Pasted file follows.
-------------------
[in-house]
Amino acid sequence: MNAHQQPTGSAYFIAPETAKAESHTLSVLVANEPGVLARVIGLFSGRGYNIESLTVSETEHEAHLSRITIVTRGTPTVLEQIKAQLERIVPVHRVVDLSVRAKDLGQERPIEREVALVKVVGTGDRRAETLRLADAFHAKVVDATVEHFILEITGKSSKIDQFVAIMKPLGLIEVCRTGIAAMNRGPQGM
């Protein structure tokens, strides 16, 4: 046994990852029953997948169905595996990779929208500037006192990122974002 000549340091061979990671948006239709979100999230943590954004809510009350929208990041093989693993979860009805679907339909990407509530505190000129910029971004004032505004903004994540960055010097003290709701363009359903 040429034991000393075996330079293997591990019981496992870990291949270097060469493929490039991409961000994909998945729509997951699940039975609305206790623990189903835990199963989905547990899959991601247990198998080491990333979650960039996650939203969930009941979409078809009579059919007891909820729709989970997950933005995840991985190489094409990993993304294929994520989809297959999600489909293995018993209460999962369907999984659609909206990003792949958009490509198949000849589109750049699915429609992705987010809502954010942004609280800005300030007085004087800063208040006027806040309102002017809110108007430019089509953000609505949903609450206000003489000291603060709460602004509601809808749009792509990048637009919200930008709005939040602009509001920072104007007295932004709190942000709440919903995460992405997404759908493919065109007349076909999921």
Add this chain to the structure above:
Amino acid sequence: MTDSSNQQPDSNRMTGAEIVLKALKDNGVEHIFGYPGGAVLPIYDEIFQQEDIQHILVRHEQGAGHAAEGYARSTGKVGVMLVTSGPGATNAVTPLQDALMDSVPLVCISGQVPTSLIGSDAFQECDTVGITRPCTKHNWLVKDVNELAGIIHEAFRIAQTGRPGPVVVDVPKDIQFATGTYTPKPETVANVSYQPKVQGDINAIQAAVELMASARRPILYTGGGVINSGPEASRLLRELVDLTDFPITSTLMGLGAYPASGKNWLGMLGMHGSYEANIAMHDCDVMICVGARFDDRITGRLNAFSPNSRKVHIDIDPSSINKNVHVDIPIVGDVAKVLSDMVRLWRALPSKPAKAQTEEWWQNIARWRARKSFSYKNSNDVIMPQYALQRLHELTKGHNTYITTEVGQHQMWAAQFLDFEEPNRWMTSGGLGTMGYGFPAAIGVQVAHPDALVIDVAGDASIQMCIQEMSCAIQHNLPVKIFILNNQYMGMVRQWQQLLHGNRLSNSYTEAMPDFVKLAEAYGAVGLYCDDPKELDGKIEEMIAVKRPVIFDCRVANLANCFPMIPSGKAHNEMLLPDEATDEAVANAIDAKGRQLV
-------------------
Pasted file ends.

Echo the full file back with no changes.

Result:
[in-house]
Amino acid sequence: MNAHQQPTGSAYFIAPETAKAESHTLSVLVANEPGVLARVIGLFSGRGYNIESLTVSETEHEAHLSRITIVTRGTPTVLEQIKAQLERIVPVHRVVDLSVRAKDLGQERPIEREVALVKVVGTGDRRAETLRLADAFHAKVVDATVEHFILEITGKSSKIDQFVAIMKPLGLIEVCRTGIAAMNRGPQGM
């Protein structure tokens, strides 16, 4: 046994990852029953997948169905595996990779929208500037006192990122974002 000549340091061979990671948006239709979100999230943590954004809510009350929208990041093989693993979860009805679907339909990407509530505190000129910029971004004032505004903004994540960055010097003290709701363009359903 040429034991000393075996330079293997591990019981496992870990291949270097060469493929490039991409961000994909998945729509997951699940039975609305206790623990189903835990199963989905547990899959991601247990198998080491990333979650960039996650939203969930009941979409078809009579059919007891909820729709989970997950933005995840991985190489094409990993993304294929994520989809297959999600489909293995018993209460999962369907999984659609909206990003792949958009490509198949000849589109750049699915429609992705987010809502954010942004609280800005300030007085004087800063208040006027806040309102002017809110108007430019089509953000609505949903609450206000003489000291603060709460602004509601809808749009792509990048637009919200930008709005939040602009509001920072104007007295932004709190942000709440919903995460992405997404759908493919065109007349076909999921």
Add this chain to the structure above:
Amino acid sequence: MTDSSNQQPDSNRMTGAEIVLKALKDNGVEHIFGYPGGAVLPIYDEIFQQEDIQHILVRHEQGAGHAAEGYARSTGKVGVMLVTSGPGATNAVTPLQDALMDSVPLVCISGQVPTSLIGSDAFQECDTVGITRPCTKHNWLVKDVNELAGIIHEAFRIAQTGRPGPVVVDVPKDIQFATGTYTPKPETVANVSYQPKVQGDINAIQAAVELMASARRPILYTGGGVINSGPEASRLLRELVDLTDFPITSTLMGLGAYPASGKNWLGMLGMHGSYEANIAMHDCDVMICVGARFDDRITGRLNAFSPNSRKVHIDIDPSSINKNVHVDIPIVGDVAKVLSDMVRLWRALPSKPAKAQTEEWWQNIARWRARKSFSYKNSNDVIMPQYALQRLHELTKGHNTYITTEVGQHQMWAAQFLDFEEPNRWMTSGGLGTMGYGFPAAIGVQVAHPDALVIDVAGDASIQMCIQEMSCAIQHNLPVKIFILNNQYMGMVRQWQQLLHGNRLSNSYTEAMPDFVKLAEAYGAVGLYCDDPKELDGKIEEMIAVKRPVIFDCRVANLANCFPMIPSGKAHNEMLLPDEATDEAVANAIDAKGRQLV